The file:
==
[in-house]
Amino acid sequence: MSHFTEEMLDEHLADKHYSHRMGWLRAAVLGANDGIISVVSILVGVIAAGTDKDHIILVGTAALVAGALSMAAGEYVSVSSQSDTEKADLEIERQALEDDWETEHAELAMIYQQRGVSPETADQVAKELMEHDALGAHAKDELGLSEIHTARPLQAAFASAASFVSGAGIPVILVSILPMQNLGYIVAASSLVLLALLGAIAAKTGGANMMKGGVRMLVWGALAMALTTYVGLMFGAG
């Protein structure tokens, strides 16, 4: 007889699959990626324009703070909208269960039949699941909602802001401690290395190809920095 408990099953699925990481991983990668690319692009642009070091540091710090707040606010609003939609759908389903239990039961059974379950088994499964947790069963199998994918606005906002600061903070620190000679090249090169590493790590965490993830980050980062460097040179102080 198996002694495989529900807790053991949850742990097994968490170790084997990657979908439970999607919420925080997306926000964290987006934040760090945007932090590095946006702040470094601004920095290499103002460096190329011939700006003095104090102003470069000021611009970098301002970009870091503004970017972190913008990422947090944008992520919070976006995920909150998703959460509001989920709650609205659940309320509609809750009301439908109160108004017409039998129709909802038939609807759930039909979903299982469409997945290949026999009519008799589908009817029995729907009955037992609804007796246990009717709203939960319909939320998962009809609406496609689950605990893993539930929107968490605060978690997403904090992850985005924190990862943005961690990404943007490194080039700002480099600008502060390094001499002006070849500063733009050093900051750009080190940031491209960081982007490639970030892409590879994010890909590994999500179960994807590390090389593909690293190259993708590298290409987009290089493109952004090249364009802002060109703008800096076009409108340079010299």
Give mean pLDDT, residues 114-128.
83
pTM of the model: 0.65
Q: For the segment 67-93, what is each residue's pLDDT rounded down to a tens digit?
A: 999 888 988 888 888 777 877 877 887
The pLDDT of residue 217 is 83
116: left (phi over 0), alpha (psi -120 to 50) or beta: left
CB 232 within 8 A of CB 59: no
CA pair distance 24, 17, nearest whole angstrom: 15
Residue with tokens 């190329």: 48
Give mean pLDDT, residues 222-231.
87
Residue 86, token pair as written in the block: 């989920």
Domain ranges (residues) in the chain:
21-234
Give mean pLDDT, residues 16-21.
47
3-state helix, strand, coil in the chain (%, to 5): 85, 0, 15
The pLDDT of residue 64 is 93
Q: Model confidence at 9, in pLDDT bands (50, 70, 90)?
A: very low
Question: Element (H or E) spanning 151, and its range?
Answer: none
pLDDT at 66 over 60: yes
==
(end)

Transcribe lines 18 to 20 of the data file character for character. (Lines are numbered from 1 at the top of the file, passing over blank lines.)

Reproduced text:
21-234
Give mean pLDDT, residues 16-21.
47